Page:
Read more on Hurriyet Daily News: Istanbul Fountain Restoration Continues
April 26, 2011
Taking first place among female contenders, Gülay described her personal motivation to join the run. “I lost my father to cancer when I was 15 months old. I wanted to come here today because I know that cancer, when it is diagnosed early, can be far from fatal,” she said. Gülay also highlighted the importance of physical activity for Turkish women in particular.
Read more on Today's Zaman: Volunteers Climb Turkey’s Highest Building for Colon Cancer Awareness
In Istanbul, at the crossroads of the Bosphorus and Golden Horn, in the area of the Galata Tower, Kuledibi has been home to many different people and cultures throughout its history. Today, it hosts the Roma, Kurdish and Jewish poor, as well as Laz merchants, intellectuals, the art infatuated bourgeoisie, artists, writers, journalists and illegal immigrant workers, who all live here side-by-side, but separately.
When we pass through the crowds in the square in front of the Galata Tower and go deep into the winding back streets, we can see that the neighbourhood life is struggling to preserve its identity while this quarter's transformation into an art centre has started to make its way these past few years. Children run around and play in the streets; women lean out of their apartments' windows above the galleries and drop baskets to the markets below to be filled with bread and milk, just as they have always done.
The walls and store shutters in Kuledibi are covered with graffiti. We pass among tourists taking photographs of everything under the sun and enter a gallery.
Kristina opens the door to welcome us. Kristina Kramer came here from Germany six years ago and is the curator of the Manzara Perspectives art gallery since the past two years. In order to bring together different cultures through art, the gallery hosts artists from various countries and young art students who organise group exhibitions.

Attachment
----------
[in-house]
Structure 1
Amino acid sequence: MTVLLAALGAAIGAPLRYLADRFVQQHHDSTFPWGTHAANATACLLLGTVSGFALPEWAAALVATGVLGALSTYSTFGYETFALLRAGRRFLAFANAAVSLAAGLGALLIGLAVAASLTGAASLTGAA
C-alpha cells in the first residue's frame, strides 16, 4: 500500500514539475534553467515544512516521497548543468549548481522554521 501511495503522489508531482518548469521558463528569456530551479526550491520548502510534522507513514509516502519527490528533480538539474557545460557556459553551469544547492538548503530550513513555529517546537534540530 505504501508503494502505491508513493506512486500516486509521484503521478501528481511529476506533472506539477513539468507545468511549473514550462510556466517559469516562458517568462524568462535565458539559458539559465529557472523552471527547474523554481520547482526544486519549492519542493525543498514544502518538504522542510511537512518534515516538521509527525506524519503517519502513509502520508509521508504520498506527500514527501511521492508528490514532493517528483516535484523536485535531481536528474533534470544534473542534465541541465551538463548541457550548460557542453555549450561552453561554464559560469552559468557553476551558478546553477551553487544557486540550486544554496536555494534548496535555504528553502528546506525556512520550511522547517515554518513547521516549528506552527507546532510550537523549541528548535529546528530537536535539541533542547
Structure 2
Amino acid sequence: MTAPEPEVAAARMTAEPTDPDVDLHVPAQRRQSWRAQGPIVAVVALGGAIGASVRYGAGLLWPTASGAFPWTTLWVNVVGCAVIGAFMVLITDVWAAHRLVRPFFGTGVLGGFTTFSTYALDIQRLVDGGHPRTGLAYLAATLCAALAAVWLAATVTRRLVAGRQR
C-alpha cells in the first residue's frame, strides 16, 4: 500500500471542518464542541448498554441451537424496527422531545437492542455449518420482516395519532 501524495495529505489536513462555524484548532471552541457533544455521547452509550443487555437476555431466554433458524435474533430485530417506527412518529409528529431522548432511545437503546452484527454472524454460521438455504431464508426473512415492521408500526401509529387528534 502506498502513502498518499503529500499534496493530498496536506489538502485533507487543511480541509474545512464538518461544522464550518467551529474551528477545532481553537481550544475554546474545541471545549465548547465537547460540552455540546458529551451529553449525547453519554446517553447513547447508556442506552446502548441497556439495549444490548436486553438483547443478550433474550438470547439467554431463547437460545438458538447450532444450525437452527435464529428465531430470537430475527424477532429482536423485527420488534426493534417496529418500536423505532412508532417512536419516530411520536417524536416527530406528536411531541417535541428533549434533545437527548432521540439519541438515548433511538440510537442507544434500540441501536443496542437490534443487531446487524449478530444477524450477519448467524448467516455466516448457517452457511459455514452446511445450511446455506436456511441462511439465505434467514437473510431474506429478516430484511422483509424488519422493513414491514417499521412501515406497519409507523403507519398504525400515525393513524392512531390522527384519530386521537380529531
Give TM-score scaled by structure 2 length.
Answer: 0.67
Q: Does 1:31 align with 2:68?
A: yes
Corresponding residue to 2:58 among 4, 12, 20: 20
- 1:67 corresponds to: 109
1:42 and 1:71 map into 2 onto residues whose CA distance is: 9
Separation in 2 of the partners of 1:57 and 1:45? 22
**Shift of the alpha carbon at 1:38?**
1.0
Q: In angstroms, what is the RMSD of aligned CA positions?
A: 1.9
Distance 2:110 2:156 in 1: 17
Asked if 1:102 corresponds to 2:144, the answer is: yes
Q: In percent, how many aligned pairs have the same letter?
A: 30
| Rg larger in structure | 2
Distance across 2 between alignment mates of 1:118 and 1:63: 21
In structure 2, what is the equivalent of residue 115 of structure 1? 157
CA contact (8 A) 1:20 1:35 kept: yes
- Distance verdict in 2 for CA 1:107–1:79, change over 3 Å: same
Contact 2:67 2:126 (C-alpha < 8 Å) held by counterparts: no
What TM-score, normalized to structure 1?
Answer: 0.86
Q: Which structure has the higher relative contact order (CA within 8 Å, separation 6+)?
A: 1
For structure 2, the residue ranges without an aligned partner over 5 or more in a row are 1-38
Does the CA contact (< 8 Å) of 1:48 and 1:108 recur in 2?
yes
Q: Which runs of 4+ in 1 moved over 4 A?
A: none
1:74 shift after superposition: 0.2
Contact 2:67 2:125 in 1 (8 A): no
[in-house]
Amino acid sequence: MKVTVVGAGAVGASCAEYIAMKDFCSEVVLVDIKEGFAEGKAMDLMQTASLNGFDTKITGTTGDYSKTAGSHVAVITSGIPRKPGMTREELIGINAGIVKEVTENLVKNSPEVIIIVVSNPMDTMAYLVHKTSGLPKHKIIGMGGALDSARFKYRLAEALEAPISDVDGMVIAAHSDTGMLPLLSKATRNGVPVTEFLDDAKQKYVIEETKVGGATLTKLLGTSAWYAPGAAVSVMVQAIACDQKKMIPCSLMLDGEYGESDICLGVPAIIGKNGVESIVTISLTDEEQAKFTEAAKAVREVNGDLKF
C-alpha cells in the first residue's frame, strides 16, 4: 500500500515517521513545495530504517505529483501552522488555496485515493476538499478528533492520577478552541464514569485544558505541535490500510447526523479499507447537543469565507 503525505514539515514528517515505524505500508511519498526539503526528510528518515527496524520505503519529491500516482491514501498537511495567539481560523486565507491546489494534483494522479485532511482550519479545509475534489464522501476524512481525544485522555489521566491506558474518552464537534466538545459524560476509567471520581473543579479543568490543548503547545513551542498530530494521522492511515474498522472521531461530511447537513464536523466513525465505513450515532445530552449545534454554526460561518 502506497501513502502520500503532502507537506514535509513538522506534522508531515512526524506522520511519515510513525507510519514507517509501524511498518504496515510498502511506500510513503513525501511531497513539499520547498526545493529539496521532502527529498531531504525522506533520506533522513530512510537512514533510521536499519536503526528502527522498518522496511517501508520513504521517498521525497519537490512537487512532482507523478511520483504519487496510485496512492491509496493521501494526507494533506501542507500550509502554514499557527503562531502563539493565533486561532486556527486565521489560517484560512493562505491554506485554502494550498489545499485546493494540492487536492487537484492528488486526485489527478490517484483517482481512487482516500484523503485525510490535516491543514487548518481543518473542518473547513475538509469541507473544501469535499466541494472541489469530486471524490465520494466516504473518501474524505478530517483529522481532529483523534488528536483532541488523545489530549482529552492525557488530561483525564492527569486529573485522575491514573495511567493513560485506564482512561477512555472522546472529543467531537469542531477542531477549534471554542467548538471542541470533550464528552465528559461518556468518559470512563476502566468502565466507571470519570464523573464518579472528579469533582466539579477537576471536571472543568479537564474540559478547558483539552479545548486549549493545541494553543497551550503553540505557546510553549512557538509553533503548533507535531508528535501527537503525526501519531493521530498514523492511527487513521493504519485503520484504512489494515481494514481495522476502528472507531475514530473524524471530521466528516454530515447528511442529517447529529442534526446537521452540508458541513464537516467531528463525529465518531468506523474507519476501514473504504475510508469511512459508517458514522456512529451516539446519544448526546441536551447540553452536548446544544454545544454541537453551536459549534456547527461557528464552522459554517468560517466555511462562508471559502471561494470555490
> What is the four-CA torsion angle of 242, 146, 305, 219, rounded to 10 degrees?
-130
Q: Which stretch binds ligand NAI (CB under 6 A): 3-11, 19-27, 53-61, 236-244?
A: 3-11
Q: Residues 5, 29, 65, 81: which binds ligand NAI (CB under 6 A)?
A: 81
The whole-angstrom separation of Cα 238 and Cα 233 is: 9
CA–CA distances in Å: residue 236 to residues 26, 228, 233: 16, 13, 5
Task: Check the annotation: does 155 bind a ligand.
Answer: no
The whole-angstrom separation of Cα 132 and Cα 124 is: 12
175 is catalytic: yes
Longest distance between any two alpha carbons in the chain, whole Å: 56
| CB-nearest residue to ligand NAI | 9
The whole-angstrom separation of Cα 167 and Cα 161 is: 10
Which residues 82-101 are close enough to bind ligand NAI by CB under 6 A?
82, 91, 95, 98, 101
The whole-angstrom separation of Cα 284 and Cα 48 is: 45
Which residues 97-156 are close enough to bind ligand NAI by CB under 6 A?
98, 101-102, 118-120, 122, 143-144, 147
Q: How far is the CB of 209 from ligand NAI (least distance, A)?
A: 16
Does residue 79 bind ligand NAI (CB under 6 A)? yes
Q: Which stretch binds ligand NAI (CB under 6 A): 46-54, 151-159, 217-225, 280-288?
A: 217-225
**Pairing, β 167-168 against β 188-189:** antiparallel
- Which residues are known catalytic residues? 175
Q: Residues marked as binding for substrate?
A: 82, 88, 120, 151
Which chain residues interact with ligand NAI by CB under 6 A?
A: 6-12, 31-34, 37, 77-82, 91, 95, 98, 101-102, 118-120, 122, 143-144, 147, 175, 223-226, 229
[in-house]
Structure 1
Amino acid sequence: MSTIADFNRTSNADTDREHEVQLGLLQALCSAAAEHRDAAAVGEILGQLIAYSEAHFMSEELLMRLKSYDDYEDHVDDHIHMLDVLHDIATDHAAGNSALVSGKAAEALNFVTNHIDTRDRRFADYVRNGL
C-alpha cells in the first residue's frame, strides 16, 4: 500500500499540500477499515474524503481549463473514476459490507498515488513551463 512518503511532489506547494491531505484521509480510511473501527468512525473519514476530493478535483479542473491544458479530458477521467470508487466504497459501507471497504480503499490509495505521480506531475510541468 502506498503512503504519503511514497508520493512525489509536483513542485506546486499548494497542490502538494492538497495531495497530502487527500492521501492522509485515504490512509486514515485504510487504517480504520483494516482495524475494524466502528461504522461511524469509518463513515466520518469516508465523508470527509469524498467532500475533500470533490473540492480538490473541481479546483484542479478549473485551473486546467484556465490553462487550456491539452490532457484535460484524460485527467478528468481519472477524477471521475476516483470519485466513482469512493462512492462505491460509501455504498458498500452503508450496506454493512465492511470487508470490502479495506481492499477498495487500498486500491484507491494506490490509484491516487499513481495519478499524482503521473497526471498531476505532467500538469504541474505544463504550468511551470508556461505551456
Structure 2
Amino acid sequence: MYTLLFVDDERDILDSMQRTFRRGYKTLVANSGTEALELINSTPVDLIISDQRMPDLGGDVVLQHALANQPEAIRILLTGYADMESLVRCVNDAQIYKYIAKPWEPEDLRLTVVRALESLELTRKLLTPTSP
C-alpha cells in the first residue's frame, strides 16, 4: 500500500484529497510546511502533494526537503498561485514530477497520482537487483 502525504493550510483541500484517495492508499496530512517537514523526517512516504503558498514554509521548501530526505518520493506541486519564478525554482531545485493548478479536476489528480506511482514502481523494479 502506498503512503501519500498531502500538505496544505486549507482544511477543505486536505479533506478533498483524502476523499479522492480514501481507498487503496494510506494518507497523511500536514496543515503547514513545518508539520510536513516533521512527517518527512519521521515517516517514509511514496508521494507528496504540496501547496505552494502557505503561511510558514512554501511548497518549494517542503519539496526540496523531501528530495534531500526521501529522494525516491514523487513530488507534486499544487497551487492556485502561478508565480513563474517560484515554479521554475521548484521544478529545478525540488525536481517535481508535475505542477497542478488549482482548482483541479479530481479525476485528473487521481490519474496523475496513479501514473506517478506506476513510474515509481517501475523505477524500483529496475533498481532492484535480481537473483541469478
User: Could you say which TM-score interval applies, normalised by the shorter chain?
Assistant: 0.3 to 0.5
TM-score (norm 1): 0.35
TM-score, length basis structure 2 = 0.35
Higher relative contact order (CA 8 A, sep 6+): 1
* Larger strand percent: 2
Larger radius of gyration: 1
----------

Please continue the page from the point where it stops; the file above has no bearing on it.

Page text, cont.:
Read more on Bianet: Mobility Of Artworks Instead Of Artists
“Turkey has become a major player in the region, socially, culturally, economically and politically. Thus we decided to teach regional languages rather than the classic foreign languages such as English or French,” said Serdar Dinler, director of Kadir Has University’s Center for Lifelong Learning, which will start teaching the courses in May at its Neighboring Languages Academy.
The new courses aim to enable Turkish people of all ages and backgrounds to speak directly to their Armenian counterparts without resorting to a third language such as English, Dinler told the Hürriyet Daily News & Economic Review in a phone interview Monday.
Read more on Hurriyet Daily News: Turkish University to Offer Armenian Language Courses
April 25, 2011
The service at the church near the Golden Horn, known also as the Iron Church, began at 11 pm Saturday and was delivered by Bishop Teodosiy, who arrived, with three other clergy, from Bulgaria.
Many worshipers also traveled from Bulgaria to Istanbul to attend the Easter Mass there. The building and the yard were filled with people. At midnight sharp the church bell announced the resurrection of Christ while Teodosiy blessed the attendees.
People greeted each other with the traditional "Christ Is Risen," and went around the church three times in observance of the Easter ritual. They also exchanged colored eggs and the Easter bread called kozunak.
Read more on Novinite: Hoards Celebrate 'Bulgarian Easter' in Istanbul
April 24, 2011
April 23, 2011
April 22, 2011